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Trust books about entomology
jorgemotalmeida
#1 Print Post
Posted on 09-08-2006 00:49
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Location: Viseu - PORTUGAL
Posts: 9296
Joined: 05.06.06

Hi


I have some good knowledge of biology, but entomology is a field that I know just very little. I browsed here in amazon.com for some books about entomology:
http://www.amazon.com/s/ref=nb_ss_gw/102-7452558-5581710?url=search-alias%3Daps&field-keywords=entomology&Go.x=0&Go.y=0&Go=Go

unfortunately some are, indeed, really expensive.

I ask you for some trust and good start for entomology.

Any advices will be welcome. Thank you again.

I'm stick with Evolution of insects (not, I haven?t it yet, just have a look of 1 chapter available on net). I liked a lot the first chapter! Great reading!
 
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Tony Irwin
#2 Print Post
Posted on 10-08-2006 21:33
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Location: Norwich, England
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Joined: 19.11.04

I'm not sure exactly what sort of books you want, but an excellent field guide is Michael Chinnery's Field Guide to the Insects of Britain and Western Europe, published by Collins. Unfortunately it's out of print, but should be reprinted soon, and used copies are sometimes available. It's the one book I keep beside my desk for when I get telephone enquiries at work - I can almost always find the answer in it! Smile
Tony
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Tony Irwin
 
Andrius
#3 Print Post
Posted on 11-08-2006 18:11
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Location: Lithuania
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Chinery's Guide is really perfect for general observations! I had no time to wait for new English edition to be finally published, so buyed a German one of 2005. I've seen people selling French and even Finish editions somewhere on the internet Smile I guess French edition would be closer with describing some Spanish flies, so you should search a little bit on internet Wink
 
paqui
#4 Print Post
Posted on 24-09-2006 00:09
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Location: Valencia (spain)
Posts: 816
Joined: 02.09.05

you can find 2 editions in spanish; one of them says for spain and europe (spanish references are just a few) and the classical one. The one with the comment of "spanish" has more descriptions of families but less pictures, the other general one (without the word spanish) is more actualized and has more species drawings

*with the comment spanish: available in fnac.es about 39e and "just" european one in casadelibro.com 37e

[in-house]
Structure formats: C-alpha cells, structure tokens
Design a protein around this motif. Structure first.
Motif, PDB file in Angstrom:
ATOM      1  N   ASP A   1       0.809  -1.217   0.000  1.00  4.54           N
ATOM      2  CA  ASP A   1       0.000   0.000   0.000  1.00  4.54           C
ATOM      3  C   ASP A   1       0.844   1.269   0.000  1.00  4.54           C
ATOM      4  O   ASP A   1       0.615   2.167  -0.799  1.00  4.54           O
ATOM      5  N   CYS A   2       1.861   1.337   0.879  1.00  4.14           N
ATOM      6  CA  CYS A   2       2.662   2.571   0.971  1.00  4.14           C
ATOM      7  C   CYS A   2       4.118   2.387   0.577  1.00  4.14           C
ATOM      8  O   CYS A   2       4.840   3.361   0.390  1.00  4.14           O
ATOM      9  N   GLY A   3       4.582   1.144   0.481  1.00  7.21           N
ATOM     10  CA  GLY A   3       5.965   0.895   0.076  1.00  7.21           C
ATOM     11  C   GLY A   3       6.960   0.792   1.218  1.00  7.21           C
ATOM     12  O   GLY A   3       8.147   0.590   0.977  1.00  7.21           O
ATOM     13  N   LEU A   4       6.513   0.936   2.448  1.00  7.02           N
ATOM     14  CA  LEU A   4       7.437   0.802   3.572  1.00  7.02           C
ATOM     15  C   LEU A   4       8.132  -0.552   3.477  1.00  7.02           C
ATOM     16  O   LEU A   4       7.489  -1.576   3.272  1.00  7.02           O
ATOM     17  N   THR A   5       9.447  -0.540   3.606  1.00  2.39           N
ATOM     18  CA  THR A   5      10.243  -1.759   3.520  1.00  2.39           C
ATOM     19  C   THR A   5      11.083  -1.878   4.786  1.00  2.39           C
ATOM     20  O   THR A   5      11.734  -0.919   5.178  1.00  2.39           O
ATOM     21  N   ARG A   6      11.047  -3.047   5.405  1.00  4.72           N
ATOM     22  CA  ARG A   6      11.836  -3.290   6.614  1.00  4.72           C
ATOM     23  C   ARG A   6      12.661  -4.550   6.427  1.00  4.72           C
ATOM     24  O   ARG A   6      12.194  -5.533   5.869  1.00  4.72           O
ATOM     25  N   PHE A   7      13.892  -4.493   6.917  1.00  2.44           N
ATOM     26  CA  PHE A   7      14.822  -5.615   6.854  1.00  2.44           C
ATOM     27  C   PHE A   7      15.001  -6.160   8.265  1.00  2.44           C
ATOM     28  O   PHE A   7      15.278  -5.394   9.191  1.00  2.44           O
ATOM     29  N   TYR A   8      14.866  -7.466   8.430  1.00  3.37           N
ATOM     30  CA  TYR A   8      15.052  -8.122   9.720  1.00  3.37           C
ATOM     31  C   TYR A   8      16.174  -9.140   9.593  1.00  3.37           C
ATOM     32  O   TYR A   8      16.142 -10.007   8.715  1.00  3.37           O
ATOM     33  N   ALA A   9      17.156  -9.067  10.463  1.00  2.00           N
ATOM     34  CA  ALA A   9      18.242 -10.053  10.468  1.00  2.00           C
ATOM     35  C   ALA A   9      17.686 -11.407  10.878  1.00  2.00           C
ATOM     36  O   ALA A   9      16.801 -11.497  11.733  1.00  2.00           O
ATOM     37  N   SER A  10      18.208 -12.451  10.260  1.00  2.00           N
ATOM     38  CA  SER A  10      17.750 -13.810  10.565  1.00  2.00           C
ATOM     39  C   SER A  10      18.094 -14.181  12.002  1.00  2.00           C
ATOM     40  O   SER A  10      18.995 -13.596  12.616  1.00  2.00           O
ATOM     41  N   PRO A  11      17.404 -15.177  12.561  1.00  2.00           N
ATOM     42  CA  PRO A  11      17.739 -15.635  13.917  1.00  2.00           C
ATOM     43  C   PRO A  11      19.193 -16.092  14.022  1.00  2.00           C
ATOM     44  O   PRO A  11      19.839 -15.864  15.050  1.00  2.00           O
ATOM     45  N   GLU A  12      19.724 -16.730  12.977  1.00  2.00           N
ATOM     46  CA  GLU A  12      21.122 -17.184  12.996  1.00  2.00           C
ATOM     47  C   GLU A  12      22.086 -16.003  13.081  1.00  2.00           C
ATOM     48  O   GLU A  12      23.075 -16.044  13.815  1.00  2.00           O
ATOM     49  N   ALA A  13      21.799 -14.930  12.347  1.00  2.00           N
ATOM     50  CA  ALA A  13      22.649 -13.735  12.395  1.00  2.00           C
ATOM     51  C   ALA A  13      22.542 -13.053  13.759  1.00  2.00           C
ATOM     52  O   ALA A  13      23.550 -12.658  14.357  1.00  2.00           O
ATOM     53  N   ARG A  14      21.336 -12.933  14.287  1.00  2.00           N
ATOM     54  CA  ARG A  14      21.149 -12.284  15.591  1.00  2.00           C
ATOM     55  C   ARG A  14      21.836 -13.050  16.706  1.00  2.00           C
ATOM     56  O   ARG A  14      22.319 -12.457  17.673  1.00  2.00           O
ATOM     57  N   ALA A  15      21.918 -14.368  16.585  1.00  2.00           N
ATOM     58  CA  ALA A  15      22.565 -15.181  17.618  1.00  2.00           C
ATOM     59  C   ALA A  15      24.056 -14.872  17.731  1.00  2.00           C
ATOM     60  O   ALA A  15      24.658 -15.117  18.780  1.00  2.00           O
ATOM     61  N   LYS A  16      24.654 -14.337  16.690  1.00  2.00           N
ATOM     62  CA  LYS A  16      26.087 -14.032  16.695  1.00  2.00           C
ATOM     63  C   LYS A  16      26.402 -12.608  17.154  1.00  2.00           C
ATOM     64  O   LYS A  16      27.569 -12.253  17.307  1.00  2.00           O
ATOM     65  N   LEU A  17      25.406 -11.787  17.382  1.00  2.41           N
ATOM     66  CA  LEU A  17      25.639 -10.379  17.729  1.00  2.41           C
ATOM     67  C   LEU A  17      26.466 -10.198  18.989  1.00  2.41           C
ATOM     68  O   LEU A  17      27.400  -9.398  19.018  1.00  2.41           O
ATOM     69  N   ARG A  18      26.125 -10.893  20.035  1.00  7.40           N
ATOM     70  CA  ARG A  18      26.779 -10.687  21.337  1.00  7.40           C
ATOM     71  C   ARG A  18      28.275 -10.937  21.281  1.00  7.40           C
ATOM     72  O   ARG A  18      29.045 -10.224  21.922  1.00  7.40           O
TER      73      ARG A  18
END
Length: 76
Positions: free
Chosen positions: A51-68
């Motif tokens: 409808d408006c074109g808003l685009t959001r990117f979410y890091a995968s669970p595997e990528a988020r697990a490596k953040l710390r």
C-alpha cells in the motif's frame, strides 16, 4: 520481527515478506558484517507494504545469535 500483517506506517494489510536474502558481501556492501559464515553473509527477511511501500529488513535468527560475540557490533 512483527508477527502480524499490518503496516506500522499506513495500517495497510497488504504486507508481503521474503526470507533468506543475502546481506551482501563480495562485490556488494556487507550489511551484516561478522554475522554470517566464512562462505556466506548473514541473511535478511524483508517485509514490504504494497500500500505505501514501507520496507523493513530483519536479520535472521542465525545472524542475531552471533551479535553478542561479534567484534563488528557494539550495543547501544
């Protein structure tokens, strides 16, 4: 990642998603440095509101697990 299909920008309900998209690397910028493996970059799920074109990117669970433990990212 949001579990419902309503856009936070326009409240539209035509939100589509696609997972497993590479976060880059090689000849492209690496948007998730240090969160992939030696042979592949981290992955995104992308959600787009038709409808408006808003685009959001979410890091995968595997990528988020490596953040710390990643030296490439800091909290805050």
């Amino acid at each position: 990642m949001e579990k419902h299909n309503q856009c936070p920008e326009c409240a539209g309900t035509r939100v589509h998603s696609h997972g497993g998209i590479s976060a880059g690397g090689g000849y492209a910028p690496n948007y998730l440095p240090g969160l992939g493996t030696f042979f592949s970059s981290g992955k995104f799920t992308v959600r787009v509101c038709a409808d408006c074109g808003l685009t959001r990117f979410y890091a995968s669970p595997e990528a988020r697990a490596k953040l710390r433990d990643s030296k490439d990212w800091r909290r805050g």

*http://www.dipter...ad_id=3136 this french one has general introduction to diptera,keys to families and photographs, no drawings and just for diptera

*http://www.dipter...ad_id=2175 this one has photographs and some "light" description of each order/family, worldwide, edited in italian, spanish..
-new edition: http://www.fnac.e...dID=572914

*in spanish you can find very cheap the "Blume" field guides , there is one for insects and another for spiders and related (approx 9 euros each) with pictures,
-new edition: http://www.fnac.e...dID=438737

there are some more, less "serious"
anyway the best (in my opinion) is Chinery
Edited by paqui on 24-09-2006 00:29
 
Susan R Walter
#5 Print Post
Posted on 25-09-2006 12:54
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Location: Touraine du Sud, central France
Posts: 1802
Joined: 14.01.06

I've had the new Chinery on order (and paid forSad) from Amazon for over a year now. I suppose it will eventually turn up in my letterbox.

I have seen the French version advertised somewhere, but assumed it was just a translation (although I did notice it was called Insects of France and Western Europe). Now I am spending more time in France, perhaps I should get it - presumably it indicates French species in much the same way as the Bristish Isles one indicates British species, and includes some French vernacular names. Does it have a slightly different set of species to focus on France? Can anyone give me an overview of the contents?

I notice that the old, out of print British Isles Chinery is getting very expensive. When I bought it a few years ago I got it second hand for 15 pounds sterling. Now I see it on Amazon second hand for 35 or even 45 pounds.

Just as an aside, the new Identification Guide for Dragonflies of Europe, by KD Dijkstra and Richard Lewington is fantasticGrin
Susan
 
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Some flies preserved in ethanol and then pinned often get the eyes sunken, how can this be avoided? Best answer: I usually keep alcohol-collected material in alcohol

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Tony, I HAD a blank in the file name. Sorry!

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09.10.22 17:07
Yes, dipterologists from far abroad, please buy your copy at veldshop. Stamps will be expensive, but he, the book is unreasonably cheap Smile

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